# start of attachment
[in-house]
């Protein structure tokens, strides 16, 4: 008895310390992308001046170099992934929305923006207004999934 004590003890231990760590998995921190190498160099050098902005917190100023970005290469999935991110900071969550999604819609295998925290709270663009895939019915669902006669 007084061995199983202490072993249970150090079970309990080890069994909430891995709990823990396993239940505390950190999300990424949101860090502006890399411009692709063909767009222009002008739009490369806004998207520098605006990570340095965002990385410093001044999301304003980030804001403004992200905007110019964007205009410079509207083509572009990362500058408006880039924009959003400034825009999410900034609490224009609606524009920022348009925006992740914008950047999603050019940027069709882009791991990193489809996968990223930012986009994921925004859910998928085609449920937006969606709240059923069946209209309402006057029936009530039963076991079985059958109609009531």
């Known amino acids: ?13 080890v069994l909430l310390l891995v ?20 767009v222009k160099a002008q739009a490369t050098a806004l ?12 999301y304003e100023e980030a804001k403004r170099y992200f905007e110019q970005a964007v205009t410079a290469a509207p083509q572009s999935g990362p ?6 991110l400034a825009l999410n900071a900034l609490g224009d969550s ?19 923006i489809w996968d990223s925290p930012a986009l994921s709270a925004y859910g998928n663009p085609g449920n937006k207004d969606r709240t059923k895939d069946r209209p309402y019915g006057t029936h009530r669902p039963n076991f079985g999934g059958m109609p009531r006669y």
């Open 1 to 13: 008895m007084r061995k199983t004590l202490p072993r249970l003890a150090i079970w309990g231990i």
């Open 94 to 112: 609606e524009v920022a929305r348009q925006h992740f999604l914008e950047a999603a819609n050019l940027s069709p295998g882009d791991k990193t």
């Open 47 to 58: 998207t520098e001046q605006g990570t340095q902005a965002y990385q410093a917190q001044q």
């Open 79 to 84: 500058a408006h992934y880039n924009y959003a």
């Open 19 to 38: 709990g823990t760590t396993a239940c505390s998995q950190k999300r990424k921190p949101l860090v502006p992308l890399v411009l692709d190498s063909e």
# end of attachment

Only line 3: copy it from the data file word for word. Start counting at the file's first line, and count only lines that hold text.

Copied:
């Known amino acids: ?13 080890v069994l909430l310390l891995v ?20 767009v222009k160099a002008q739009a490369t050098a806004l ?12 999301y304003e100023e980030a804001k403004r170099y992200f905007e110019q970005a964007v205009t410079a290469a509207p083509q572009s999935g990362p ?6 991110l400034a825009l999410n900071a900034l609490g224009d969550s ?19 923006i489809w996968d990223s925290p930012a986009l994921s709270a925004y859910g998928n663009p085609g449920n937006k207004d969606r709240t059923k895939d069946r209209p309402y019915g006057t029936h009530r669902p039963n076991f079985g999934g059958m109609p009531r006669y």